Raffaele Spinelli, Laura Ivorra, Natascia Magagnotti, Gianni Picchi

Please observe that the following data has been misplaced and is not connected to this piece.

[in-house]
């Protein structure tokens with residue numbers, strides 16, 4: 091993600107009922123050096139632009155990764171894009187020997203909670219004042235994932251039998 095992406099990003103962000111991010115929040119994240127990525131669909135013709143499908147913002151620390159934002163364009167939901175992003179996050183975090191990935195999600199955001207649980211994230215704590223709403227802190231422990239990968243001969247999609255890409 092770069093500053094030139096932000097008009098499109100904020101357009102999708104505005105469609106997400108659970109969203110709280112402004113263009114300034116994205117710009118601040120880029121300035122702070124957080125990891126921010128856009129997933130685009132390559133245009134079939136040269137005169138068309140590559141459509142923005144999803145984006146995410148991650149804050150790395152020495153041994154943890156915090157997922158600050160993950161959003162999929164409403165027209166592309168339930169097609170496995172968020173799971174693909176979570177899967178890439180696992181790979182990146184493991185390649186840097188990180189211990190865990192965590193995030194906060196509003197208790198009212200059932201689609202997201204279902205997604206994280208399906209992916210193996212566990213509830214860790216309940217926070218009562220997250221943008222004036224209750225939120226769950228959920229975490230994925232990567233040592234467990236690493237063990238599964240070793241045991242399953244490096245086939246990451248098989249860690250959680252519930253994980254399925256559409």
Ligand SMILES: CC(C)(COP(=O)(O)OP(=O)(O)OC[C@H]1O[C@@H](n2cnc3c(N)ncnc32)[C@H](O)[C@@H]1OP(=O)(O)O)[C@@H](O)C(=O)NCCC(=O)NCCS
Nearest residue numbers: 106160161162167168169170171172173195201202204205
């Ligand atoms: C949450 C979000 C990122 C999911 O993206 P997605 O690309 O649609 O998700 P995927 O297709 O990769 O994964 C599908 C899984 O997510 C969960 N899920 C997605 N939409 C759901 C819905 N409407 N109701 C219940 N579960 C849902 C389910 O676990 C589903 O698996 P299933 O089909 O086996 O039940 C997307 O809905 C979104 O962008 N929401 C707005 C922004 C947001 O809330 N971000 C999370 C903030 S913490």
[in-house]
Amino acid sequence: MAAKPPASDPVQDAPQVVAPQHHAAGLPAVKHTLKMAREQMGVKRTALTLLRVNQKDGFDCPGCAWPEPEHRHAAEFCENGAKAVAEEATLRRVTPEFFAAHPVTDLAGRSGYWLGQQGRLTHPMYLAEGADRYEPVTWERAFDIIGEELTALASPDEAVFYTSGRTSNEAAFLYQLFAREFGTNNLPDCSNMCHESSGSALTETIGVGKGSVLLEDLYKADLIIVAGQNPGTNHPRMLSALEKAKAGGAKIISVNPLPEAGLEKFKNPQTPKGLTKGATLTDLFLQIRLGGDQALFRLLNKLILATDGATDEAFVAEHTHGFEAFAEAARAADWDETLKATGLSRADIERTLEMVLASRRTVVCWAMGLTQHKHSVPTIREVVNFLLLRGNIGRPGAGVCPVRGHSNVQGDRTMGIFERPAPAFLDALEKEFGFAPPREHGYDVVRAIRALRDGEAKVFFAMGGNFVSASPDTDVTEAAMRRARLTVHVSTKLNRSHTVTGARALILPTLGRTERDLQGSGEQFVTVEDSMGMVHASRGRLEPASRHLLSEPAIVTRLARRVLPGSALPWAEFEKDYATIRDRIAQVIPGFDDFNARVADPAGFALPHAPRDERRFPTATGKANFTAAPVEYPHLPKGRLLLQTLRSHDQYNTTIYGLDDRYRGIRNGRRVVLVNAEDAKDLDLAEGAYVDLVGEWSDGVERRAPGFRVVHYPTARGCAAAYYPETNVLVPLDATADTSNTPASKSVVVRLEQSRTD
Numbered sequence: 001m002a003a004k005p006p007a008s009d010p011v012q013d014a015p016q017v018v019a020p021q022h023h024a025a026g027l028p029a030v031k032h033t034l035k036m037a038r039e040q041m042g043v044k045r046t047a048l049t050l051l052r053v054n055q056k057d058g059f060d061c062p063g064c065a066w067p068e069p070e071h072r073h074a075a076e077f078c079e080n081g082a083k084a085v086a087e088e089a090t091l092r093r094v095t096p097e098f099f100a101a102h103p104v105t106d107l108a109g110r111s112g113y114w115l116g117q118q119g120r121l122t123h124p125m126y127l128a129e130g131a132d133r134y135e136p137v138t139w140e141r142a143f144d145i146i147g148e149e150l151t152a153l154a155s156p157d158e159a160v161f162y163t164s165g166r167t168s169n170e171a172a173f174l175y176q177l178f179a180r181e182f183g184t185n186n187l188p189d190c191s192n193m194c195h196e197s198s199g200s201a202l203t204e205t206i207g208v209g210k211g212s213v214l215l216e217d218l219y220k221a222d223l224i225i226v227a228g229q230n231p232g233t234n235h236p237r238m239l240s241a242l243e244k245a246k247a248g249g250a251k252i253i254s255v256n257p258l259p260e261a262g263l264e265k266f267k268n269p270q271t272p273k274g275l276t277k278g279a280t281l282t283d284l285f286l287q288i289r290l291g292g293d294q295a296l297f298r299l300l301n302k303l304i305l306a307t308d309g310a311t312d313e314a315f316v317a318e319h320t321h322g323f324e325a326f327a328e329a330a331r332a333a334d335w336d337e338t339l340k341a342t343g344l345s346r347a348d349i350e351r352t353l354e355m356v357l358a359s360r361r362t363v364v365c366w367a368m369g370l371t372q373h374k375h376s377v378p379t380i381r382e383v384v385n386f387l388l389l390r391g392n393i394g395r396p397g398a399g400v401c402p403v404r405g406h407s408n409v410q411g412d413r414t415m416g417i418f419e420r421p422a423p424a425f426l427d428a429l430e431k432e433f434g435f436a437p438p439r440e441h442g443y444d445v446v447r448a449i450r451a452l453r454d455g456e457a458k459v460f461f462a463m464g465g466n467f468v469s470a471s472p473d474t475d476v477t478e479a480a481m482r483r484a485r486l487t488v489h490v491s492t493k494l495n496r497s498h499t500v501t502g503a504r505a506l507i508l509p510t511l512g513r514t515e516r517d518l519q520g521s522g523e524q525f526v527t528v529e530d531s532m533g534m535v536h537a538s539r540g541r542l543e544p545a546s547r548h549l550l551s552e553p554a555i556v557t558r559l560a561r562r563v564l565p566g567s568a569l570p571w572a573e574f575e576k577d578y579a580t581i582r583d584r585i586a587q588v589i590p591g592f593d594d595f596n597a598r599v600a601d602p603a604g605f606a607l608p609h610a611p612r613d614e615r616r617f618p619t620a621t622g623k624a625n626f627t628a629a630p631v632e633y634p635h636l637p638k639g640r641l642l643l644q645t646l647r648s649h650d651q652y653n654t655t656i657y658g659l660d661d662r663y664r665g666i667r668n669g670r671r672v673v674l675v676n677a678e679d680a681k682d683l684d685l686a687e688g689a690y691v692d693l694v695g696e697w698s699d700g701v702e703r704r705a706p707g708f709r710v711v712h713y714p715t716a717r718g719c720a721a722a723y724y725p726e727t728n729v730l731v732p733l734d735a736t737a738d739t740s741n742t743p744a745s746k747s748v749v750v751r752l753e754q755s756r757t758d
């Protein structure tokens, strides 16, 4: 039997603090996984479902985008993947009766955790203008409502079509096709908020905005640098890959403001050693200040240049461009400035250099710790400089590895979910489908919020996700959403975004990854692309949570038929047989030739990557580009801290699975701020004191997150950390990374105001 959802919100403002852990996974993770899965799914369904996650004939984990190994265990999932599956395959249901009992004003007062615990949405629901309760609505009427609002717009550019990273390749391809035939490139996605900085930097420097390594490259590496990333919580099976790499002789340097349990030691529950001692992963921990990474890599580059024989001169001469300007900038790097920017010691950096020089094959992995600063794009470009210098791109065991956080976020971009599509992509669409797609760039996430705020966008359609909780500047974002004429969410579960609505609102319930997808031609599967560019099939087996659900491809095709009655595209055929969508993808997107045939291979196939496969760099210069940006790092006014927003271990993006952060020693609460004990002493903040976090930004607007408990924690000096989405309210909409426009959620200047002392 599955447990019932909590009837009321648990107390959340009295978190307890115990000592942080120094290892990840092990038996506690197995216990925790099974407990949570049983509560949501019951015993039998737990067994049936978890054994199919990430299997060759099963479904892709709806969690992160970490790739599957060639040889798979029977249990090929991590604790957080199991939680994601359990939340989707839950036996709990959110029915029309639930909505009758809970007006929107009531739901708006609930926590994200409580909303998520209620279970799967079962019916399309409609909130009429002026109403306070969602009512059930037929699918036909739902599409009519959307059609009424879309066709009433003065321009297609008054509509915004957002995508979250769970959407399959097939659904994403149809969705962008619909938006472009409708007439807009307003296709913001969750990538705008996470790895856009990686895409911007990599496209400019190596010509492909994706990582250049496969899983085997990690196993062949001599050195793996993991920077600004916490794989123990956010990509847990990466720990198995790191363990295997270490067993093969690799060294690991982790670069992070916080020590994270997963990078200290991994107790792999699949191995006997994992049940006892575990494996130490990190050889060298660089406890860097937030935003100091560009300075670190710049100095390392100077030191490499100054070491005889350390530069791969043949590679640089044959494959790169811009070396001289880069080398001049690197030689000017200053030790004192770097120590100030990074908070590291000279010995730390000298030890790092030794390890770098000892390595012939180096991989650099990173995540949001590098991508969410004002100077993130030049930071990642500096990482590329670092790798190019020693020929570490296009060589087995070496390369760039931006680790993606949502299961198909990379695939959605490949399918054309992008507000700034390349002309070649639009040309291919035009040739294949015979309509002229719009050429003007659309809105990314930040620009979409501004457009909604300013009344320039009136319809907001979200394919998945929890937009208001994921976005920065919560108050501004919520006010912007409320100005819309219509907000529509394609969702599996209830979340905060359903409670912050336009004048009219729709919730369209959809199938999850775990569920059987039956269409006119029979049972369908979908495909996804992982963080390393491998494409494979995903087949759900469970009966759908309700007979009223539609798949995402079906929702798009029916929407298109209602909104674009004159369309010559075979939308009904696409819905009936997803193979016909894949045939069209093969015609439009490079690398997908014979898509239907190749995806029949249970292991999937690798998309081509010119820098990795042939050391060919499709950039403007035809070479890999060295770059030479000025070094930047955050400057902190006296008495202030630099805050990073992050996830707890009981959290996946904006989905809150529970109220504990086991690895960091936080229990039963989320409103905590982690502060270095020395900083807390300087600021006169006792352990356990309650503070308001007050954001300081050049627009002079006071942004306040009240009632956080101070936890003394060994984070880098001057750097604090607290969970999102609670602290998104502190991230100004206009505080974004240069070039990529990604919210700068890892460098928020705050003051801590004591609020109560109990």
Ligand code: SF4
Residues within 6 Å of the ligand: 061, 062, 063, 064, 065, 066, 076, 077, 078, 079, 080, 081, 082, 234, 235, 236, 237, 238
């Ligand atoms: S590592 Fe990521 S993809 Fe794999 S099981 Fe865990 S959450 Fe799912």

The study analyzed the performance of a mobile screening device for upgrading coarse wood chips to residential user standards, by removing oversize particles and fines. The machine was designed for transportation to forest landings, logistic terminals and plant chip yards. Average productivity was 1.9 oven-dry tons (odt) h−1, corresponding to a screening cost of 28.5 € odt−1. This figure was lower than the price increase obtained by upgrading industrial chips to residential user standards. Hence, screening offered a profit of 4.7 € odt−1, or 16% of the original screening cost. The screening process was capable of upgrading chips from industrial to residential specifications, by reducing the incidence of oversize particles below the 1% critical threshold. Screening also allowed a substantial reduction in the content of fines. A similar effect was not verified for crushed wood, which failed to meet the specifications for residential fuel.
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